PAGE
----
‘Better late than never’: Twitter after ISRO called off Chandrayaan-2 launch
As ISRO called off the launch of Chandrayaan-2 less than an hour before the scheduled blastoff of India’s second mission to the moon early on Monday, hundreds took to Twitter to cheer up the space agency.
The Indian Space Research Organisation (ISRO) said the countdown was stopped 56 minutes before the launch as an “abundant precaution” after a “technical snag” was observed in the launch vehicle system. The GSLV Mark III carrying the orbiter, lander, and rover was to take off at 2:51am from Sriharikota in Andhra Pradesh, the country’s only launch site.
That did not deter Indians on Twitter from commending ISRO as they said the space agency’s call to abort the moon mission was a good one.
Watch | ISRO calls off Chandrayaan-2 at T-56 minutes due to ‘technical snag’
“Great Identification by the Technical team Precaution was taken by identifying the snag! Hope it will be cleared soon.. Eagerly waiting for your new launch date and time,” Anand Srinivasan tweeted in reply to ISRO’s announcement about the delay.
Twitter user Rita Singh echoed Srinivasan’s feelings as she congratulated the space agency.
“All the best team #ISRO !! Better to be late than to be sorry...We shall await the next lift-off schedule for #Chandrayan2,” Singh posted.
Some said they were ready to wait as it was “better later than never”.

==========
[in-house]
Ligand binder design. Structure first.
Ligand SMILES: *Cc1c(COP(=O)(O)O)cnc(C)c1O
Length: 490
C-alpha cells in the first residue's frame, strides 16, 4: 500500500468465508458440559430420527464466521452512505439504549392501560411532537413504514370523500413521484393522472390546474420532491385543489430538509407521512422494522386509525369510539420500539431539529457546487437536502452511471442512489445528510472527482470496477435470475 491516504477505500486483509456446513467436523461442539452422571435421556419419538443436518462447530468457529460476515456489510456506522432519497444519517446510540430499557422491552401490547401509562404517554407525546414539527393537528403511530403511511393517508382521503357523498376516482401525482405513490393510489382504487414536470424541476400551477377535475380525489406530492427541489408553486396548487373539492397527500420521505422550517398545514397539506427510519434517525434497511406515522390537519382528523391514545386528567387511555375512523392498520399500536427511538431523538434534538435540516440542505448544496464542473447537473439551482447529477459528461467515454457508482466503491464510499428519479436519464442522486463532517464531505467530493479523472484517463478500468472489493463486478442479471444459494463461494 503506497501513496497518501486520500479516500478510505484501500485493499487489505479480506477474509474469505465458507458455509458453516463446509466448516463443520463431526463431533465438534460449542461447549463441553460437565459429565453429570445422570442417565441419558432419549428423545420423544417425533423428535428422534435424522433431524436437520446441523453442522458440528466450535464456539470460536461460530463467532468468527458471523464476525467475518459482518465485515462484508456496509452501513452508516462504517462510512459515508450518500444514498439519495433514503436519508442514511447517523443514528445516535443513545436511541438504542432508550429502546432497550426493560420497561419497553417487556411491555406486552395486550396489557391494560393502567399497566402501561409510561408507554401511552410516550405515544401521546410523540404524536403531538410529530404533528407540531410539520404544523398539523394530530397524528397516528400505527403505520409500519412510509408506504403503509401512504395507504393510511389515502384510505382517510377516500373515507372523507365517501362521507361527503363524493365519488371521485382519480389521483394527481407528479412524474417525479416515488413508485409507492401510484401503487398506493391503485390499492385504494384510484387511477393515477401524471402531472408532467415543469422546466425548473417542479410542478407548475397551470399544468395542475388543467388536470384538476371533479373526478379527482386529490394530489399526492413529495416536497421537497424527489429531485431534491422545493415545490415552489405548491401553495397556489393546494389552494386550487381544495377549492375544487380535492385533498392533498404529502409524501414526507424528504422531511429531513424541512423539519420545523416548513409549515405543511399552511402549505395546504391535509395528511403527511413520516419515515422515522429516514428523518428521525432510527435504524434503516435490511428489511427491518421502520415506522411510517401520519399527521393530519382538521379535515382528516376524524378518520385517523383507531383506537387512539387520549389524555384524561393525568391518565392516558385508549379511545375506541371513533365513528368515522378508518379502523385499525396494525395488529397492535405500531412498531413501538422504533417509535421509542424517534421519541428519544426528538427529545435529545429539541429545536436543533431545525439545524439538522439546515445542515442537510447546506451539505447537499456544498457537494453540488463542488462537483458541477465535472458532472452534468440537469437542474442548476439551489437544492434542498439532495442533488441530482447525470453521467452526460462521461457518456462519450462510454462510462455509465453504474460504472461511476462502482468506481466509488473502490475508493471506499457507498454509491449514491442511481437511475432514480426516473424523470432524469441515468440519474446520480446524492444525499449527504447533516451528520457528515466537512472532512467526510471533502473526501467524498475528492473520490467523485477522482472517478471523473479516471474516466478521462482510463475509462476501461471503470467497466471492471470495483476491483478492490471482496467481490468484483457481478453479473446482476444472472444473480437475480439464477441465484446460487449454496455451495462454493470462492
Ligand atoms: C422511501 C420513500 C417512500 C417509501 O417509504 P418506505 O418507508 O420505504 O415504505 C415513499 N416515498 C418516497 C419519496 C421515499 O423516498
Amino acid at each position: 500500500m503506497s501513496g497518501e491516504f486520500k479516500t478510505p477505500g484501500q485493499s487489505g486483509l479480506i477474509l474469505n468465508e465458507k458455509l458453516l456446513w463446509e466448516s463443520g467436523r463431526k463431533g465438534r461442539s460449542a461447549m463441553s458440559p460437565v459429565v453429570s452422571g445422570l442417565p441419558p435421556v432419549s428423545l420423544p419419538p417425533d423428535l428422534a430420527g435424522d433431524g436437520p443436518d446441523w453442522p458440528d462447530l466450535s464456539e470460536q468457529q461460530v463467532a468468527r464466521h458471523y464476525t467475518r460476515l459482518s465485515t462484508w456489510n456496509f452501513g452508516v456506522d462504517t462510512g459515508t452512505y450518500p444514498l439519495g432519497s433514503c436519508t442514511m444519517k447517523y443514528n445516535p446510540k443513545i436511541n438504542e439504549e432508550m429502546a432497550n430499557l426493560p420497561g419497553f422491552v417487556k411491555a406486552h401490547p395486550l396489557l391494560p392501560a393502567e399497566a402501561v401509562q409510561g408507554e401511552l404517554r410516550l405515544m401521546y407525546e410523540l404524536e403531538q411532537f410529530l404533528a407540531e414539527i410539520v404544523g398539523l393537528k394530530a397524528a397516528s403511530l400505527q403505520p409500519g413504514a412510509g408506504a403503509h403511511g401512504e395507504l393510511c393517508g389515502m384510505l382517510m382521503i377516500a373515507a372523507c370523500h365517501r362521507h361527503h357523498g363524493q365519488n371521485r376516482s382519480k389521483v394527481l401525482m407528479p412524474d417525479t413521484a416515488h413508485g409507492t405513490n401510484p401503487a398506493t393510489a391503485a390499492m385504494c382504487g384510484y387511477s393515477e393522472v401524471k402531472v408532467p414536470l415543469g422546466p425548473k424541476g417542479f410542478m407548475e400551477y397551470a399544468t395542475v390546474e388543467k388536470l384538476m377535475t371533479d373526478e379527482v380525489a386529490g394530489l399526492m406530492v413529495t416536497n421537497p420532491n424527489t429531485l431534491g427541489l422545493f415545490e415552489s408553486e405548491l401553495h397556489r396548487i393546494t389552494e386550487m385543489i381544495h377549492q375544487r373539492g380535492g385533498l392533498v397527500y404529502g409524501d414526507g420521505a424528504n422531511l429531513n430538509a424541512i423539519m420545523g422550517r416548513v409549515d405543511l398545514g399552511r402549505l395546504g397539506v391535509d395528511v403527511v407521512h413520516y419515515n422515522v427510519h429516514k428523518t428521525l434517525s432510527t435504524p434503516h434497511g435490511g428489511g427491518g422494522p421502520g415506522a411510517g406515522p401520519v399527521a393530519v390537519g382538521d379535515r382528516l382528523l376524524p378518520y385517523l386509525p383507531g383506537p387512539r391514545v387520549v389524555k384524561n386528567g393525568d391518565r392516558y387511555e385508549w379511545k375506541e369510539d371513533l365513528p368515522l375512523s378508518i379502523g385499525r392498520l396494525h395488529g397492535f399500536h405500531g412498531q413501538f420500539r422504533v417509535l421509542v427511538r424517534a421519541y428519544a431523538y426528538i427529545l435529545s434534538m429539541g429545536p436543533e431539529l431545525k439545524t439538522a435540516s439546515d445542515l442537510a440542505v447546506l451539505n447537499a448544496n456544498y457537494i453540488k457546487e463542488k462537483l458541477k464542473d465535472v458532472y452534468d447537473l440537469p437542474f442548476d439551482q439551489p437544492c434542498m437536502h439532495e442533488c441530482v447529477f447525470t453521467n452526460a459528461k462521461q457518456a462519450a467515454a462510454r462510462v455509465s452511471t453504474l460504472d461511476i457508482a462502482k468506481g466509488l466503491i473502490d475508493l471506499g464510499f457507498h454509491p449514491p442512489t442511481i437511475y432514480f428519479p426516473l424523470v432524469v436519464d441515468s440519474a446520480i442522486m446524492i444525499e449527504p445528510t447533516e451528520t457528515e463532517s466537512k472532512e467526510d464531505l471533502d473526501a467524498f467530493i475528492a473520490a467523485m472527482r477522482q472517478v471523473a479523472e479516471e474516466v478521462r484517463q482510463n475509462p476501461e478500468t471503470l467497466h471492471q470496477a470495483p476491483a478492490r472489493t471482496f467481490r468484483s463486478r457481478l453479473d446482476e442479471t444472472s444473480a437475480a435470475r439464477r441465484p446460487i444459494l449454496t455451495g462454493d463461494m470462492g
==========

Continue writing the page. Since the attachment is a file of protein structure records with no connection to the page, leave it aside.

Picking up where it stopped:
“We all with you.Don’t worry.Take your time and land successfully on moon.We always support you (sic),” was Aryan Raj’s response to ISRO announcement.
“It’s okay. We got your back,” was Twitter user Colonel Equinox’s post.
Most of the Twitter users praised ISRO for pulling back on time, saying it was a good decision on the part of the scientists.
“It’s okay, a technical fault could lead to a huge disaster. We should be thankful it was detected way before launch. You have worked hard for it, take all the precautions.
All the best, whenever you launch. :),” was Nikhil’s tweet.
“No problem ISRO You are best in world This is all expertise of our scientists that they are looking for every minute technical feature (sic),” Monika Gupta wrote.
“No Problem Sir, But Little Disappointed, We Support You Till The End (sic),” Vamsi Machineni replied with hashtags India and ISRO.
There were four suitable window periods for the launch of Chandrayaan 2 in the month of July – July 15 and 16 and then again during the new moon on July 29 and 30. The launch window on July 15, which is just days before the 50th anniversary of Neil Armstrong first walking on the moon, was missed.
The launch is unlikely to happen during the next three windows in July. The next window for launch will be in September.
The indigenous mission was first scheduled for March 2018 and delayed four times for making changes in the design of the lander and the orbit in which it would reach the surface of the moon.